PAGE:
Landscape History of the Chicxulub Crater
Ah Nakuk Pech, chronicler and lord of Chac Xulub Chen (nowadays Chicxulub), saw the arrival of the Spaniards in 1511 1. He never imagined that his territory would have been the epicenter of another disastrous impact, when 65.5 million years ago, a meteorite of 180 km in diameter collided Earth.
I am Nakuk Pech, descendant of the ancient noble conquerors of this land, in the region of Maxtunil. I was put to save it for my lord Ah Nahum Pech. And in good will I do here the chronic and history of Chac Kulub Chen. (Ah Nakuk Pech)
So far, scientists have found on our planet about 150 geological structures as the result of the impact of meteorites 2.
When a body of this nature impacts Earth’s surface, a large amount of energy is released as heat, which vaporizes the water and the rock of the surface, generating carbon dioxide (CO2), sulfur dioxide (SO2) and a great amount of dust.
In the case of the Chicxulub meteorite, changes in the atmosphere were so extreme that caused the massive extinction of the species that once inhabited Earth.
The biological consequences of this impact have been discovered in recent decades, thanks to various scientific studies and to the satellite technology 3.
One of the most significant findings was the discovery of the ring of “cenotes” 4 or sinkholes in the Yucatan Peninsula. It is considered that the highest concentration of cenotes in this alignment was originated by the impact, which caused that the rock presented a tendency to dissolve.
According to Dr. Eduardo Batllori 5, the northwestern part of the peninsula has been called “The Sedimentary Watershed of Chicxulub.”
Such region or hydrogeological watershed, bounded by the aforementioned ring of cenotes, is characterized by a sedimentary limestone platform with a generally even surface and the presence of an underground coastal aquifer waters that flow into the Gulf of Mexico.
It is worth mentioning that the ring of cenotes tends to isolate, in hydrological terms, the Chicxulub watershed from the rest of the Yucatan Peninsula, this represents a high fragility in terms of the aquifer contamination.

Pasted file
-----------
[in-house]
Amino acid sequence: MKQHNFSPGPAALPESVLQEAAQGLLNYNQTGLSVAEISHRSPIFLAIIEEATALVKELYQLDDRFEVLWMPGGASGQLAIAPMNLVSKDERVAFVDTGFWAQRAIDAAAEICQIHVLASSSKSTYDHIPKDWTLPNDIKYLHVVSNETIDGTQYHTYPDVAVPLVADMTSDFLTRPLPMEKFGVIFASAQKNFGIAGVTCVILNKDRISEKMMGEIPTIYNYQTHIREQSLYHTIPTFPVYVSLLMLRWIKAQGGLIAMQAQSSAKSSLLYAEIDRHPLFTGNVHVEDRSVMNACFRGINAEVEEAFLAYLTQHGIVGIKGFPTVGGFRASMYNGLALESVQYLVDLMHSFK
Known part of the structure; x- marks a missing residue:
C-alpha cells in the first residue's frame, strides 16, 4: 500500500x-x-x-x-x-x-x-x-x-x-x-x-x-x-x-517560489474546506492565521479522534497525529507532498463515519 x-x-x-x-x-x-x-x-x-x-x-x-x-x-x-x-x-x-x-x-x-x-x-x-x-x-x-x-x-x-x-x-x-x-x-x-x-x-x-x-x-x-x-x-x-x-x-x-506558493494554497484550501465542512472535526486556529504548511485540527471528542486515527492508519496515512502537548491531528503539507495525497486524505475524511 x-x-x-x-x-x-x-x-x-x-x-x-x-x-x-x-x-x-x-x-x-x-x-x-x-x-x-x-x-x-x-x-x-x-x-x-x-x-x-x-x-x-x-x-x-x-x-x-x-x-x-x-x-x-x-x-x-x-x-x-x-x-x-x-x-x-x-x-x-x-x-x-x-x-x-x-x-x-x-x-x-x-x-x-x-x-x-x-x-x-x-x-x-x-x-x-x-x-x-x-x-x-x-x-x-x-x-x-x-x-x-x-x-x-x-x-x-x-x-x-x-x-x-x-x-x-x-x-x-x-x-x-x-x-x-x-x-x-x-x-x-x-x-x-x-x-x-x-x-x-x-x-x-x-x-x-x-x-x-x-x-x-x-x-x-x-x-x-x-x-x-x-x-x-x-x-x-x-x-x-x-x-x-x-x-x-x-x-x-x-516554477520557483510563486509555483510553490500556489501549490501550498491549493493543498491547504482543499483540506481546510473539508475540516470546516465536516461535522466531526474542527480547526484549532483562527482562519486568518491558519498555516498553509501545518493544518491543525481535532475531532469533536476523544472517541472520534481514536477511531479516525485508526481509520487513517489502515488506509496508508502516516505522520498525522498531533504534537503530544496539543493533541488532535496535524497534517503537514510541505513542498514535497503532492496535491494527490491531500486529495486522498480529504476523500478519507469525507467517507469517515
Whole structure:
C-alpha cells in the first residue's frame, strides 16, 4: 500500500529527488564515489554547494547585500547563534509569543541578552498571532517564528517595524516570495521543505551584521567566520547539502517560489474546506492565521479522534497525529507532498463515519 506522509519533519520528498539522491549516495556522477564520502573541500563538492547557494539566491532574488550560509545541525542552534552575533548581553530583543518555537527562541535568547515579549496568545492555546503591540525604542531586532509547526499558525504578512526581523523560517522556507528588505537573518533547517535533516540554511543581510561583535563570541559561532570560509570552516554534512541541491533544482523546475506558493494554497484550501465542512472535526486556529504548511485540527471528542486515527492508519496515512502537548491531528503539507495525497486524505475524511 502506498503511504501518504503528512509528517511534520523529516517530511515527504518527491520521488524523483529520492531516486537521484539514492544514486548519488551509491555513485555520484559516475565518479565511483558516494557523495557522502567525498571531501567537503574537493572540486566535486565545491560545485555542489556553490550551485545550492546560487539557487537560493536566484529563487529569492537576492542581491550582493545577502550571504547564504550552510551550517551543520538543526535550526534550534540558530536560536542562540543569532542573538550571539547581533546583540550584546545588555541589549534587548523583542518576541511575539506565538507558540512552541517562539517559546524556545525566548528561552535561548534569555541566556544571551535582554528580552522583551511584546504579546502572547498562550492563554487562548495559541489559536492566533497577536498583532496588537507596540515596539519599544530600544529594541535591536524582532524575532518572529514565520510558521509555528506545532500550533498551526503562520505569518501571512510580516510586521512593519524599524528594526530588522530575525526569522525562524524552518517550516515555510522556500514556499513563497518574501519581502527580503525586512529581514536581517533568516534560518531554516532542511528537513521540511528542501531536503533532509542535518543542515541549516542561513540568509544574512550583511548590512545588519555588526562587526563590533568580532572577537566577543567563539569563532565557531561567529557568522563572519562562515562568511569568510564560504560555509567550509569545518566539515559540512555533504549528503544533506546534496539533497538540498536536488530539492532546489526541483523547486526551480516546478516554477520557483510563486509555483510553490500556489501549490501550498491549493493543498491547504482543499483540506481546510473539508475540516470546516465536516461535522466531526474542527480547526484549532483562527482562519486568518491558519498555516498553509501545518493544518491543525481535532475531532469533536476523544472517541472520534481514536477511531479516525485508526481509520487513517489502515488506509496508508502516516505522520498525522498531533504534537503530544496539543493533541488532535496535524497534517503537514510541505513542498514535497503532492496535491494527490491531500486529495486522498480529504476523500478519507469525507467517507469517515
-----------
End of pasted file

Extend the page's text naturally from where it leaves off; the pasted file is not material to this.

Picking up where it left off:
The Yucatan peninsula emerged from the sea 13 million years ago.
On this region of low tropical forest, warm weather and shallow soils, was where the Mayas of the peninsula built their cities towards the post-classic.
The four cardinal directions (Sak, Ek‘Chak, K’an), the world’s axis (Yaax), the underworld (Xib’alb’a), the overworld (K’aan) as well as the equinoxes and solstices, shaped the spatiotemporal references from which the Mayans planned their settlements.
Similarly, in the Mayan worldview, the cenotes were considered sacred places since they constituted the entrance to the underworld.
According Ah Nakuk Pech, it was the fifth division of Katún 11 Ahau 6, when the Spaniards settled in the great city of Thó. From the impact of these two cultures also emerged the current population of Chicxulub, located at the epicenter of a large watershed, certainly unique in the world.
This underground landscape, composed by skinholes, caverns, and underground rivers, is essential to the coastal landscape, especially because from the encounter of this sweet water with sea water are formed generous lagoons, placed some kilometers away from the beach, where proliferates several species of mangrove and grasslands.
The importance of this water from the aquifer is fundamental for the ecosystem, however in the last decades it has become alarmingly polluted, putting at risk, not only the natural environment, but the sustainability of the coastal villages.
Therefore, new strategies need to be reconsidered in the construction and wastewater treatment fields, over the whole basin crater, but especially in coastal areas and in the sinkholes ring area, both with higher permeability into the subsoil.
1 Nakuk Pech, Historia y crónica de Chac-Xulub-Chen (México: Departamento de Bibliotecas de la Secretaria de Educación pública, 1936).
2 Bevan M. French, Traces of Catastrophe: A Handbook of Shock-Metamorphic Effects in Terrestrial Meteorite Impact Structures (Houston: Lunar and Planetary Institute, 1998).
3 Martin Connors, Alan R. Hildebrand, Mark Pilkington, Carlos Ortiz-Aleman, Rene E Chavez, Jaime Urrutia-Fucugauchi, Eduardo Graniel-Castro, Alfredo Camara-Zi, Juan Vasquez, y John F Halpenny, “Yucatan karst features and the size of Chicxulub crater,” Geophysical Journal International, Num. 127 Vol. 3 (1996): F11‑F14.
4 Cenote, from the Mayan word Dzonot, the scientific term is sinkhole. Underground cavities product of the weathering or dissolution of the stone, phenomenon also known as “karst”.
5 Eduardo Batllori-Sampedro, Julio Iván González-Piedra, Julio Díaz Sosa y José Luis Febles-Patrón, “Caracterización hidrológica de la región costera noroccidental del estado de Yucatán, México,” Investigaciones Geográficas. Boletín del Instituto de Geografía, UNAM, Núm. 59(2006): 74-92.
6 Date of the mayan calendar, estimated to correspond to year 1542 A.D.